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I and approximately 50 people in Northern Ireland have this little known condition, Friedreich Ataxia. Friedreich Ataxia is a genetic disorder which attacks the nervous system; mobility, speech, hearing and coordination are affected. My parents unknowingly were both carriers of the gene, so each of their seven children had a one in four chance of developing Friedreich Ataxia. As fate would have it myself and three of my siblings have it. The thought that I might develop the disease was not a big worry, perhaps because from my older siblings I knew what to expect. It was very slow to develop and gave me time to acclimatise.
During my teens most people didn’t notice anything, but I did because I wasn’t any good at running or handball and such like. I think people put it down to my being smaller, therefore I couldn’t be sporty. Towards the end of my school years, an observant teacher noticed I was particularly slow at taking things down from the board. He was the first person I told and I still remember the look of shock on his face when I explained. Since my impairment became apparent, “What’s wrong with you?” is the question I get asked the most.
I at first treated this question with relish, as for several years people assumed I was drunk. I thought people were genuinely interested in the intricacies of my impairment ‘Friedreich Ataxia’. But alas, as people couldn’t get their head round the name – “Freewha? Free drink and a taxi?” I would explain the genetic structure of how both my parents were unknowingly carriers of this rare condition. Eyes would glaze over at the ‘science bit’ and they would reply, “So you were in an accident then”?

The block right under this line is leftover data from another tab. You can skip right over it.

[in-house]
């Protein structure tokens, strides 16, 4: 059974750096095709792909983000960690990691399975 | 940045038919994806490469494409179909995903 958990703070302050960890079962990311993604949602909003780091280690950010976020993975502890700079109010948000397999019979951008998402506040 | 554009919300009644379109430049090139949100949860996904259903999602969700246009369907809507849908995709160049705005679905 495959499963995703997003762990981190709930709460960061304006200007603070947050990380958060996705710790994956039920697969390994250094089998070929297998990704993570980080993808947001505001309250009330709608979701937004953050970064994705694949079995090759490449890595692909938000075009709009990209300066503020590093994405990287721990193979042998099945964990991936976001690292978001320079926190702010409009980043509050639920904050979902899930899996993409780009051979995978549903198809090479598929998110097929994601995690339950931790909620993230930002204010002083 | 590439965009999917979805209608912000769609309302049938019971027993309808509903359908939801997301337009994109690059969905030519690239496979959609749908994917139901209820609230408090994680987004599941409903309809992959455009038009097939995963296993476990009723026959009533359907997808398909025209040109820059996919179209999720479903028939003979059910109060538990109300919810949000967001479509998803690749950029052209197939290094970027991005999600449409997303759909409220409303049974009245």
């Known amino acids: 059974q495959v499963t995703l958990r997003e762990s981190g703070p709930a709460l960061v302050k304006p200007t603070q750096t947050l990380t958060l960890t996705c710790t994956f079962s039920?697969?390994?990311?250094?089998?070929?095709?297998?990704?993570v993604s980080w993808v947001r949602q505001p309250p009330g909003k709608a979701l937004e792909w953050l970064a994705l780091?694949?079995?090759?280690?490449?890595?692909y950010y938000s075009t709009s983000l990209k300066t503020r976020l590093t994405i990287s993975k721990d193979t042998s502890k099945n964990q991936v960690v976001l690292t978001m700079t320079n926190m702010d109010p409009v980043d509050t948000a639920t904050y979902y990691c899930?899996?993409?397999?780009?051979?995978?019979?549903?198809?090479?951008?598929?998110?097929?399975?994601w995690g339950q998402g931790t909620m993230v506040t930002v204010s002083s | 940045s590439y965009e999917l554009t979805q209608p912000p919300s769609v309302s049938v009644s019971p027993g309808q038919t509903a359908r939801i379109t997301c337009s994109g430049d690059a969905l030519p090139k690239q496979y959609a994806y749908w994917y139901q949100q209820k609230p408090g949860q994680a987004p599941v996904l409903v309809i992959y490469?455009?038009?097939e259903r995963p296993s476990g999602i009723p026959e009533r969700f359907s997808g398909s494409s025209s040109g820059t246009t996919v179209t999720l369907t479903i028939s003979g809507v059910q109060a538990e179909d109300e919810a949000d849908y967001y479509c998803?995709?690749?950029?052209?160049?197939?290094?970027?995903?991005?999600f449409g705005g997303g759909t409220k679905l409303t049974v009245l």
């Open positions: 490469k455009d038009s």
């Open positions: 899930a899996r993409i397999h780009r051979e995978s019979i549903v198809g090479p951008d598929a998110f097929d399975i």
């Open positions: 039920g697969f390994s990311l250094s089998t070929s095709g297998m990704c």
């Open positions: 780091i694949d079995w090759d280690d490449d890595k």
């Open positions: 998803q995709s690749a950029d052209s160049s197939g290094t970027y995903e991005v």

It is a genetic disorder named after the Dr Friedreich who first identified it in the 1860s. Of course, in the world of impairments you have CP for Cerebral Palsy or MS for Multiple Sclerosis. As luck would have it I could announce “There is FA wrong with me”. This reply was seen as rude rather than clever.
So next I started telling people I had MS. They could nod knowingly and tell me how brave I was. This worked for a number of years but then, coincidently, one of my best friends was diagnosed with MS. I felt uncomfortable misrepresenting my friend’s impairment. I then told people I had been in a motorbike accident. Well by people, I mean boys. All that leather and speed makes a sexy combination, one has to take advantage wherever one can. Anyway this worked well until one night a man asked in reply, “What type of bike was it?” Well with his short hair and no visible tattoos, how was I to know he was a biker?
I think Friedreich Ataxia has given me more opportunities. I went to university in my 20’s, which I probably would never otherwise have done. So, if the world emphasises what I can’t do as a disabled woman, I discovered higher education was something I could do. Currently I’m employed as a Mentor and Facilitator for the Service User Support Team within Leonard Cheshire Disability which provides housing and other support services for disabled people across the UK. I work freelance to offer training on Direct Payments and Disability Equality Training. I have an eleven year old and a great family and friends and I am thankful for that.
Recently when people ask, “What’s wrong with you?” I invariably say “I have a cold.” I enjoy the confusion and the flustered gesturing towards my wheelchair. “I meant that,” they say. I know I should answer from the Social Model perspective, and respond how I have impairment and it is the world around me which is ‘wrong’ and disables me but it’s more fun teasing the myths and misconceptions of life. Nowadays I tell people it’s none of their business.